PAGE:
God himself is the author of compassion. If we are serious about compassion, we must understand His view of it as given in the Bible.
Here’s another pair of relevant words, mirrored in each testament. They speak of God’s loving kindness: the Hebrew cḥāsǎḏ and the Greek eleos.
Chāsǎḏ occurs three times in the Old Testament. The King James translates it “show thyself merciful” twice, and “put to shame once.” It means to be good, to be kind.
The main derivative of cḥāsǎḏ is the better known noun, cḥěsěḏ (usually pronounced hesed.) This term, which occurs 248 times, is difficult to translate into English. It means loyal love, unfailing kindness, devotion. The KJV translates it as mercy 149 times, kindness 40 times, loving kindness 30 times, and goodness 12 times.
Cḥěsěḏ is used of God and His actions towards man: [It] is the outgoing kindness of the heart of God. It is the basis of God’s whole relationship to man …[i] We see this in Psalm 63:3: Because your love is better than life, my lips will glorify you.
In Psalm 136 this word appears 26 times, once in each verse. (And 25 times in the psalm chesed is accompanied by emeth, i.e. “truth.” That is not merely intellectual truth, but in the sense of fidelity or steadfastness[G4] .) The outgoing love of God is not capricious thing, changing, as it were, with the mood of God; it is something on which men can absolutely depend because it is founded on the fidelity and steadfastness of God to Himself and to His promises.[ii]
In one of the most poetic lines of the Psalms we read, Love and faithfulness meet together; righteousness and peace kiss each other (Psalm 85:10).
Cḥěsěḏ is to be manifested between people. In the book of Joshua, Rahab was kind to the spies in a potentially costly way:
Now then, please swear to me by the LORD that you will show kindness to my family, because I have shown kindness to you. Give me a sure sign that you will spare the lives of my father and mother, my brothers and sisters, and all who belong to them, and that you will save us from death (Joshua 2:12-13).
Chesed is to be characteristic of man’s relationships with each other. He has showed you, O man, what is good. And what does the LORD require of you? To act justly and to love mercy and to walk humbly with your God (Micah 6:8).
Again God’s character of loving kindness is to be the mark of the followers of God. Similarly, in the NT God’s character of mercy is to be the action of those who profess to follow him. The Greek equivalent of ḥāsǎḏ is the verb eleeō. Found 31 times in the N. T., eleeo means to show mercy to, show pity . We see the divine mercy breaking into the reality of human misery in Mark 10:47-48: When he heard that it was Jesus of Nazareth, he began to shout, “Jesus, Son of David, have mercy on me!” Many rebuked him and told him to be quiet, but he shouted all the more, “Son of David, have mercy on me!”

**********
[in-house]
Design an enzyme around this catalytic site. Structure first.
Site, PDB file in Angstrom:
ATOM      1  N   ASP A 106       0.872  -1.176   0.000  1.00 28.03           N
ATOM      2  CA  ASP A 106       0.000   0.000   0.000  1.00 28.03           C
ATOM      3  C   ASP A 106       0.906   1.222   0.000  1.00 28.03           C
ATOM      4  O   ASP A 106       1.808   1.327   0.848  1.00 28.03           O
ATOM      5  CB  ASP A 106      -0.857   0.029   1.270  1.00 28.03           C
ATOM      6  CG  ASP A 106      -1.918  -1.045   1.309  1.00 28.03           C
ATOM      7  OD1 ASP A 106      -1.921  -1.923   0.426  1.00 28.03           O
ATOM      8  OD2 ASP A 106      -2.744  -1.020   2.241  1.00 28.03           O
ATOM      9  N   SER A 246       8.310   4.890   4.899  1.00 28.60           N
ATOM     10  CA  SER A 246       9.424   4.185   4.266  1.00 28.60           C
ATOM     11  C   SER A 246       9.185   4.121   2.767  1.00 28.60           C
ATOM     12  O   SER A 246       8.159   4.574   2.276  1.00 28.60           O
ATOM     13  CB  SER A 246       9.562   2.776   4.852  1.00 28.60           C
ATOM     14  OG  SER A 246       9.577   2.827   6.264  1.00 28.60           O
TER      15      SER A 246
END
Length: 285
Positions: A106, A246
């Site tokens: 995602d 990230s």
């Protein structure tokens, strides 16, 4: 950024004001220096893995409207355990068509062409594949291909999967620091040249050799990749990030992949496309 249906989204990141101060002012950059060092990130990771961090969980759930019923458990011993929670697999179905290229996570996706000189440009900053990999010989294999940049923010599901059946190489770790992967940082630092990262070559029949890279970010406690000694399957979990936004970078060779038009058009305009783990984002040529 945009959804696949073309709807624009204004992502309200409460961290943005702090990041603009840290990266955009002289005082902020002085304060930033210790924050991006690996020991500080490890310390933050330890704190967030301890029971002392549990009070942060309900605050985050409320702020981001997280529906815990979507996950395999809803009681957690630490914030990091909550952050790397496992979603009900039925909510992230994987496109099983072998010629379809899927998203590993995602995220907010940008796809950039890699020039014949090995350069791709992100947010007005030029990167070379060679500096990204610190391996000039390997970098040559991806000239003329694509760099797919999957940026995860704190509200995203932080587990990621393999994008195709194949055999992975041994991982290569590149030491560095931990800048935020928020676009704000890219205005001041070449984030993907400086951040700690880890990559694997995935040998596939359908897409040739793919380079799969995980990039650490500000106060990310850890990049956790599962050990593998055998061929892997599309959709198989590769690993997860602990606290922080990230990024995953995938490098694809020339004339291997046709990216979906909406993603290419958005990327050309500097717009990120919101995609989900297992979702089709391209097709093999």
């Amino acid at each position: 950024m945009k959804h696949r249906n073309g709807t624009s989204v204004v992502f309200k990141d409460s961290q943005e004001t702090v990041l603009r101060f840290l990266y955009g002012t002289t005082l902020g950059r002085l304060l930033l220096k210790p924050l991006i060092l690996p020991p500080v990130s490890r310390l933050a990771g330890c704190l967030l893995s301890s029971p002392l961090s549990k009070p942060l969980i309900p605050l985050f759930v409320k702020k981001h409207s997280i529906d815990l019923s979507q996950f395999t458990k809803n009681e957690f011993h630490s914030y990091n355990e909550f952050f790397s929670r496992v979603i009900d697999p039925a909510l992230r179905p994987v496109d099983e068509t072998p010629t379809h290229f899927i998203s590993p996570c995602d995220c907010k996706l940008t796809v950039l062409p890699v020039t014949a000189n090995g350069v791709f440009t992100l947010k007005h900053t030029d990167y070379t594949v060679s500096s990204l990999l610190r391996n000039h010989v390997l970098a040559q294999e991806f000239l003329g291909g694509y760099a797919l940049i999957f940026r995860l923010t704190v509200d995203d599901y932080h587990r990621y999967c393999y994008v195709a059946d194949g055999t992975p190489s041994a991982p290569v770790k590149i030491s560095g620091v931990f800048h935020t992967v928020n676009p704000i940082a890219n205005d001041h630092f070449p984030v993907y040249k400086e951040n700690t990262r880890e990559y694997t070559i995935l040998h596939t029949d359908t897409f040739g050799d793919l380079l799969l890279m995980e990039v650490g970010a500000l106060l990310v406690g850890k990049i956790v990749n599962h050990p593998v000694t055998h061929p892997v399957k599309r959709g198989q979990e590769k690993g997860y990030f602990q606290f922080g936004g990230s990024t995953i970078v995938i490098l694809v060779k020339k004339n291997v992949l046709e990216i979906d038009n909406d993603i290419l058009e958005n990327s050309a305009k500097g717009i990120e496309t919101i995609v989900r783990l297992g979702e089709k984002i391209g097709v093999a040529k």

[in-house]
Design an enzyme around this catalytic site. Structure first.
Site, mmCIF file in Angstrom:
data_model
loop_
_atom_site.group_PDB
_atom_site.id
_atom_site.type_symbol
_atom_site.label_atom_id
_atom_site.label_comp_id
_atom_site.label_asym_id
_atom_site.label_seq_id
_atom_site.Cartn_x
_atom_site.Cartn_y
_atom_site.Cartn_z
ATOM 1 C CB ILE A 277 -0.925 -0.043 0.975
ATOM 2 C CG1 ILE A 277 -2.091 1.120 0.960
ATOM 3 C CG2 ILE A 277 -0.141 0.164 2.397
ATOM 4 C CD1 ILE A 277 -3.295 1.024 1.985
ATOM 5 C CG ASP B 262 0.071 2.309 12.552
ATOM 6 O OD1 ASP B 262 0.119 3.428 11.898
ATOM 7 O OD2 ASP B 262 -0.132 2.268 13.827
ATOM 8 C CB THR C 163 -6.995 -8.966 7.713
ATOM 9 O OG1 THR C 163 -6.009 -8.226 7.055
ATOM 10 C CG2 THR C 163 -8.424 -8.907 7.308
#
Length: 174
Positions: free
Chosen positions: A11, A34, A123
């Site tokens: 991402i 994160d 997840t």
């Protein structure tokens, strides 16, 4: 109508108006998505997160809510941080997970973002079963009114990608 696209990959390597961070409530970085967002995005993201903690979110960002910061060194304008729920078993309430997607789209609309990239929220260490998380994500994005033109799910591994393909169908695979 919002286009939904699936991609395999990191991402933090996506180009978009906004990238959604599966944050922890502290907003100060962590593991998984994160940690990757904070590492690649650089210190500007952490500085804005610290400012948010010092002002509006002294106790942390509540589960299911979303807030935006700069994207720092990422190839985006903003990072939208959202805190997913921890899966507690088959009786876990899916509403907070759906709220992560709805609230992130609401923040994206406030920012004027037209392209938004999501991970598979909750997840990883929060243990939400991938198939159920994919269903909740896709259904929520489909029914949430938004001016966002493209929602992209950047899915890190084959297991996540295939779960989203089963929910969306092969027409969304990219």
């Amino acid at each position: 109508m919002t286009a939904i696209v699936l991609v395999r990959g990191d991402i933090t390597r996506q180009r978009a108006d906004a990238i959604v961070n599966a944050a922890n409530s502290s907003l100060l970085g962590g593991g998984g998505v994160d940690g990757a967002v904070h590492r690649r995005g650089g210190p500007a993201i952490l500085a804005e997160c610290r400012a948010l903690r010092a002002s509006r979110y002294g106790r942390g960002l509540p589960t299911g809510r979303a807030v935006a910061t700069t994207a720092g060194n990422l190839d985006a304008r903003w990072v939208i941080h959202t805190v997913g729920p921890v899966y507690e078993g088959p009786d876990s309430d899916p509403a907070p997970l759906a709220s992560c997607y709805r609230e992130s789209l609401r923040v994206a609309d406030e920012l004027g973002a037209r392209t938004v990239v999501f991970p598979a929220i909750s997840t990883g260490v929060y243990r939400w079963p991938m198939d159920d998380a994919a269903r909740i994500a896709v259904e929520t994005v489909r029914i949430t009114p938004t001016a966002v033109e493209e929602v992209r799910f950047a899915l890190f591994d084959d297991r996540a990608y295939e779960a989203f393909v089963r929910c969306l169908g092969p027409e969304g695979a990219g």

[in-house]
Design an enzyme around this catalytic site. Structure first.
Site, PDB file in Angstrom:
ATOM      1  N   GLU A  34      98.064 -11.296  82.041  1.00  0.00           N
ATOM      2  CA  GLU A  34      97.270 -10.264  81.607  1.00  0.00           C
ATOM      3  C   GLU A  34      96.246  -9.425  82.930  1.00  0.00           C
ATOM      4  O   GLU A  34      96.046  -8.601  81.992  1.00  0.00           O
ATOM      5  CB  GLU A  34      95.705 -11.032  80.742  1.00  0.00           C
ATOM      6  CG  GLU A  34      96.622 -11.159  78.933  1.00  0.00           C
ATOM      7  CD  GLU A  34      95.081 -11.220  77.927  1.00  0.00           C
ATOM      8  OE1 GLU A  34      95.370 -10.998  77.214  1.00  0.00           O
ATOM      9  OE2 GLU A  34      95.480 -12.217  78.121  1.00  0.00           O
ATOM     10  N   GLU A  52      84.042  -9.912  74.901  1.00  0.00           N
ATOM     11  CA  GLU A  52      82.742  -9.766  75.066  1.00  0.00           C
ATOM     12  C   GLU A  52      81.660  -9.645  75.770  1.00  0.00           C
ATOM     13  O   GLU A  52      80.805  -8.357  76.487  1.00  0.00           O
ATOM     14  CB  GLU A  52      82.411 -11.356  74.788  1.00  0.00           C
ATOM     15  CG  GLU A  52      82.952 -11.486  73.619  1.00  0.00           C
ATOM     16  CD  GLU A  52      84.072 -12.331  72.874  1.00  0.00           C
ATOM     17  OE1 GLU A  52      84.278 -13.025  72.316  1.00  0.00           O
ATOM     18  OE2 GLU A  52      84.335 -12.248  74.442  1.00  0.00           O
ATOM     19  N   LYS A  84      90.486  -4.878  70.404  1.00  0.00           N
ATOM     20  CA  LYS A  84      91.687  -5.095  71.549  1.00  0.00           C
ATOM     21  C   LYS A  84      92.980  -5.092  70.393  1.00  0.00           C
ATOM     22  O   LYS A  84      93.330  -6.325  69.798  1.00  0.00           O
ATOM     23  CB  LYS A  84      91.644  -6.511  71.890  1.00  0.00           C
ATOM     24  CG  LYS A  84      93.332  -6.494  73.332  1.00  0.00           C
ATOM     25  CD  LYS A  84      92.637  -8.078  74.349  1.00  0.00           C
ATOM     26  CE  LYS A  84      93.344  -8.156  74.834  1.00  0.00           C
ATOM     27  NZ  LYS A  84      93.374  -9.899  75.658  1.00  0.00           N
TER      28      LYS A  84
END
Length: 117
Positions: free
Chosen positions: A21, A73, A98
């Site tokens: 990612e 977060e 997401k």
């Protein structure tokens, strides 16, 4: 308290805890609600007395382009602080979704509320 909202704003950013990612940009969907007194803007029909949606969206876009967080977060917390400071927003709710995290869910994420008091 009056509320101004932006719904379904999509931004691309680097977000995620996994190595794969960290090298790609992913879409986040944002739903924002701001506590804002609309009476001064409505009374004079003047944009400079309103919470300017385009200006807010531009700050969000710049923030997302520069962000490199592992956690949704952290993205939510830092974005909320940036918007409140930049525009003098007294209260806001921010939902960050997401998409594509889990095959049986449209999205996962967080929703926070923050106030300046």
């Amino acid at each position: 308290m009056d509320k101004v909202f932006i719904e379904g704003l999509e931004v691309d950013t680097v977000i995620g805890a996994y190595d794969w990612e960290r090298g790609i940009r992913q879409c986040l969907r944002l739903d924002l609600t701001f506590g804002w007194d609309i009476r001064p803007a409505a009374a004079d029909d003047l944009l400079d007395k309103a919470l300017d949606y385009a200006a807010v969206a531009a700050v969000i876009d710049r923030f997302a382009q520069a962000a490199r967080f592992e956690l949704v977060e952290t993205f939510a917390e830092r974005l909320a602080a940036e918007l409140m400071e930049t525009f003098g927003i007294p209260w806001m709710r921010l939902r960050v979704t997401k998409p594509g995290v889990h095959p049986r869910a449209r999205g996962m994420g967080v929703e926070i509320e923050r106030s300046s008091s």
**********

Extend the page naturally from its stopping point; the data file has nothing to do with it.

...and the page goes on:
Eleeō is derived from eleos. It occurs 28 times and means mercy, kindness or good will towards the miserable and the afflicted. It carries the idea of wanting to help those in need. This word is often applied of mercy from man to man. Blessed are the merciful, for they will be shown mercy (Matthew 5:7). The whole narrative of the Good Samaritan revolves around the word eleos. In this parable Jesus tells the story of the Good Samaritan to a Jewish lawyer who was trying to avoid responsibility for helping the poor. (See Luke 10:25-37). At the end of the story Jesus asked the lawyer, Which of these three do you think was a neighbor to the man who fell into the hands of robbers?” The expert in the law replied, “The one who had mercy (eleos) on him.” Jesus told him, “Go and do likewise” (Luke 10:36-37).
In these two concepts–God’s mercy and God’s loving kindness—both mirrored in the Old and New Testament, God’s compassionate nature establishes compassion in the universe. And because it is his nature, those who claim the name of Jesus are to be compassionate. They are to manifest God’s compassion through their lives as they touch people whose lives are bleeding. This is no social justice that is distant and collective, this is social justice at its most basic, human being to human being.
– Darrow Miller with Gary Brumbelow
i. The Beatitudes and the Lord’s Prayer for Everyman, (Harper & Row, 1963), page 61
ii. Ibid, p. 63.